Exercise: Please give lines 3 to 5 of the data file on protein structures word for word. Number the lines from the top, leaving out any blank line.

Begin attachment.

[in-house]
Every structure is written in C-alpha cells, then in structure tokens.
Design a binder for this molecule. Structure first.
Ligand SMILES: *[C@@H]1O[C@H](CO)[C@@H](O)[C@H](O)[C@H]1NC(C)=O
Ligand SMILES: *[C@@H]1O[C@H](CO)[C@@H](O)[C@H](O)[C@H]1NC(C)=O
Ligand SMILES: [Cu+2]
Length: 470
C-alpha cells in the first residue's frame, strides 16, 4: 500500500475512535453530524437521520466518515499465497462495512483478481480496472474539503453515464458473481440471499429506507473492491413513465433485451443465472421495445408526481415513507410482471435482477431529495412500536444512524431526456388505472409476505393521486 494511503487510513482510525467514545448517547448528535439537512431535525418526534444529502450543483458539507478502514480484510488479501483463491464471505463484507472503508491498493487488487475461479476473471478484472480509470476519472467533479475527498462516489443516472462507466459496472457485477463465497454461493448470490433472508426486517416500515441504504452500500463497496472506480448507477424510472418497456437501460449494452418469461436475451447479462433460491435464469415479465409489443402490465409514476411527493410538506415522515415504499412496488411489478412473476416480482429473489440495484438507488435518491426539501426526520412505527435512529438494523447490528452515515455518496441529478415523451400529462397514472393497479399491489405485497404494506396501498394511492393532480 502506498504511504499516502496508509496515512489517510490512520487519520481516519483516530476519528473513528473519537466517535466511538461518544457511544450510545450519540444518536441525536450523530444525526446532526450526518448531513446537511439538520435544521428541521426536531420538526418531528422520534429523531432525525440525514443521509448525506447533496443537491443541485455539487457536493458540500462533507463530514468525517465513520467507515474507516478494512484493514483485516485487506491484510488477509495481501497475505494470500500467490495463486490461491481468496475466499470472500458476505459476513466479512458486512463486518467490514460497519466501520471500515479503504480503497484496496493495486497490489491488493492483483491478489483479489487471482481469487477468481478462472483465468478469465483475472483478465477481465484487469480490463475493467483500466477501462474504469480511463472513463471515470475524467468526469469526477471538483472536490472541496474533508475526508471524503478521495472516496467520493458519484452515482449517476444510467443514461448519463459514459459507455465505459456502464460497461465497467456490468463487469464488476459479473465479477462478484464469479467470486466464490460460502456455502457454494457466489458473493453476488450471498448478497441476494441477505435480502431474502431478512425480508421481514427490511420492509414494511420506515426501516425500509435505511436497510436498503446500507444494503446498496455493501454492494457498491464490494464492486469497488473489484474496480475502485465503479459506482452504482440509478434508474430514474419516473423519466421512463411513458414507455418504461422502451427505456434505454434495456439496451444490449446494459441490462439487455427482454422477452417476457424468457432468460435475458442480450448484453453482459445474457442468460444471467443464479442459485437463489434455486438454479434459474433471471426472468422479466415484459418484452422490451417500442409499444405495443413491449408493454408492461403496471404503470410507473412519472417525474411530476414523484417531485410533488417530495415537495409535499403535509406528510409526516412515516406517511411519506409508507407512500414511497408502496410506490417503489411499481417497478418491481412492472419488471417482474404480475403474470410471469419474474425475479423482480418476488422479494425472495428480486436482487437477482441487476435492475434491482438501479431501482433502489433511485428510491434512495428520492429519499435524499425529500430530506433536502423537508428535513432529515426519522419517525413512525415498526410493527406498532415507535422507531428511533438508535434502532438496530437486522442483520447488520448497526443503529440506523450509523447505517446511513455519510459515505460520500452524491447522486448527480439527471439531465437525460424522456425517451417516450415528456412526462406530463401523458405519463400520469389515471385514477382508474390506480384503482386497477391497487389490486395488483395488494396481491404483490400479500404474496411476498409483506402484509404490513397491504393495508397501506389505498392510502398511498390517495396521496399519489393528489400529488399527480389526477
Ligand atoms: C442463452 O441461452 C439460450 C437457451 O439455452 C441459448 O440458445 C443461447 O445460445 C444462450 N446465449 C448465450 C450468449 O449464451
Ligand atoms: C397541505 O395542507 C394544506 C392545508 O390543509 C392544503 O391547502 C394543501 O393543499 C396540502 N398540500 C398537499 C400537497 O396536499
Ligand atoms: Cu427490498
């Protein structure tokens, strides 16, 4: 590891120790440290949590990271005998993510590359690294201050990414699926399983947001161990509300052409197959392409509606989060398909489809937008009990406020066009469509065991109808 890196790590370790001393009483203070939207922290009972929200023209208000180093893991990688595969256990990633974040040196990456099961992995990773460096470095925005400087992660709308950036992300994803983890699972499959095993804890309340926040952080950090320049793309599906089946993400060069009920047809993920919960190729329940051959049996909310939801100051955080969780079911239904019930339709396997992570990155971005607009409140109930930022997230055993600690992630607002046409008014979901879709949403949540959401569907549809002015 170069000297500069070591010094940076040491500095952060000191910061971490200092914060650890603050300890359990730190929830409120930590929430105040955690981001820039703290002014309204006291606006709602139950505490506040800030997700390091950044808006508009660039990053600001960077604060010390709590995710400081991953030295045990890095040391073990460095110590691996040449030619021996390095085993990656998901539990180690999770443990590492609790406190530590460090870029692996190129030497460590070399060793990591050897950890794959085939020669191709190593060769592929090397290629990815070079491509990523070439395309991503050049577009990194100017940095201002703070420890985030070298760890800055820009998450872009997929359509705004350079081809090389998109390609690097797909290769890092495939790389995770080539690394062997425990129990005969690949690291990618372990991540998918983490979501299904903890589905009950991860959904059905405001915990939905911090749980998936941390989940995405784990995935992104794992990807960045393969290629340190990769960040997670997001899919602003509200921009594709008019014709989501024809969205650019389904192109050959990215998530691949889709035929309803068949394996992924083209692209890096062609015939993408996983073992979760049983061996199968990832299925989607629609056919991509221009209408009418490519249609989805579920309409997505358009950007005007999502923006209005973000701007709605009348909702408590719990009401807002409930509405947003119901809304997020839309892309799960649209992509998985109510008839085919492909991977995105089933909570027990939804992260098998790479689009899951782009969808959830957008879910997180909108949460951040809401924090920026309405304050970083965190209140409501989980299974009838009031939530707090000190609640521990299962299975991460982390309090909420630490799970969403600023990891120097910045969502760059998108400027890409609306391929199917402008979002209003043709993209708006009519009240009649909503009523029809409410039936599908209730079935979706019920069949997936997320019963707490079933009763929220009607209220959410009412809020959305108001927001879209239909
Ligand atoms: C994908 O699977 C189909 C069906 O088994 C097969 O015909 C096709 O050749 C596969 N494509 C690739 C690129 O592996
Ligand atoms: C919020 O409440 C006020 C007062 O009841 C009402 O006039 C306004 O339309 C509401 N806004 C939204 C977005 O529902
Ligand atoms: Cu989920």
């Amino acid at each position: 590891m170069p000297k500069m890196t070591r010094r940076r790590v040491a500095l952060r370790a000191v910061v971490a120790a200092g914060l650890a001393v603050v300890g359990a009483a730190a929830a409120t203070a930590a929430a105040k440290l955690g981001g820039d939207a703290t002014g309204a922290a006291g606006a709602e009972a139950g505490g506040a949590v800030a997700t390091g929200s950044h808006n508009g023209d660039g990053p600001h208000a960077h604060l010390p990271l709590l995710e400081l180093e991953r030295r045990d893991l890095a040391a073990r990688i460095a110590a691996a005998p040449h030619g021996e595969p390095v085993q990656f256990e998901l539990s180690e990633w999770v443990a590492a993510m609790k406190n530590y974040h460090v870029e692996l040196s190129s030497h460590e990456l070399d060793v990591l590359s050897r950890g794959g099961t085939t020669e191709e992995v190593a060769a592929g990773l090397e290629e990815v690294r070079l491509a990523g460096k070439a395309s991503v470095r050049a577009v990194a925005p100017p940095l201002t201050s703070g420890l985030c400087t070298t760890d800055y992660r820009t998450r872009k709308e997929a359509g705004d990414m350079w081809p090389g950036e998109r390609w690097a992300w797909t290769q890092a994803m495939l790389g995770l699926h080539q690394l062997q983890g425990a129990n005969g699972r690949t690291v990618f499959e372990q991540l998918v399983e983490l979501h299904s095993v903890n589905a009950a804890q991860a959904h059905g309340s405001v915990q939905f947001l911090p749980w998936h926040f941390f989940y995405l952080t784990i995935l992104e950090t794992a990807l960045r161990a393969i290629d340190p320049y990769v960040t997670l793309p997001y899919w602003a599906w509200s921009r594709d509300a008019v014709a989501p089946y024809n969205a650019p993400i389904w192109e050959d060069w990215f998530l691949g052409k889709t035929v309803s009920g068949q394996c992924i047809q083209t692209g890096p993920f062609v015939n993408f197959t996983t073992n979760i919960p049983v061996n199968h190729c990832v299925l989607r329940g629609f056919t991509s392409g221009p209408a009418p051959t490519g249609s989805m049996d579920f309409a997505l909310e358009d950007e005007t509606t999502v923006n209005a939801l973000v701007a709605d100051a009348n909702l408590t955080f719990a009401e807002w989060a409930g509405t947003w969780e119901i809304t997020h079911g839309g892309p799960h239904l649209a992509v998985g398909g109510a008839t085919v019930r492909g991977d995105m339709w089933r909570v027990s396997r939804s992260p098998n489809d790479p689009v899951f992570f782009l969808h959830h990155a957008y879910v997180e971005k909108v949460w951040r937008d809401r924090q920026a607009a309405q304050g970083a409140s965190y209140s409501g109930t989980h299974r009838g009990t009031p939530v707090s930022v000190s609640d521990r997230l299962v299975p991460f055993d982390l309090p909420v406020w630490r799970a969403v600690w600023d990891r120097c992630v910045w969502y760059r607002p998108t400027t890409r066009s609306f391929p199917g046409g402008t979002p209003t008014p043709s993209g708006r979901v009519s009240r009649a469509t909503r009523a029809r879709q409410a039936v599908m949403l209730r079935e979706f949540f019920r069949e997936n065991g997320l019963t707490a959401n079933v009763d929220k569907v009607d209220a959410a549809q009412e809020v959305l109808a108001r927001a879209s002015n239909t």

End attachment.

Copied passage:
Design a binder for this molecule. Structure first.
Ligand SMILES: *[C@@H]1O[C@H](CO)[C@@H](O)[C@H](O)[C@H]1NC(C)=O
Ligand SMILES: *[C@@H]1O[C@H](CO)[C@@H](O)[C@H](O)[C@H]1NC(C)=O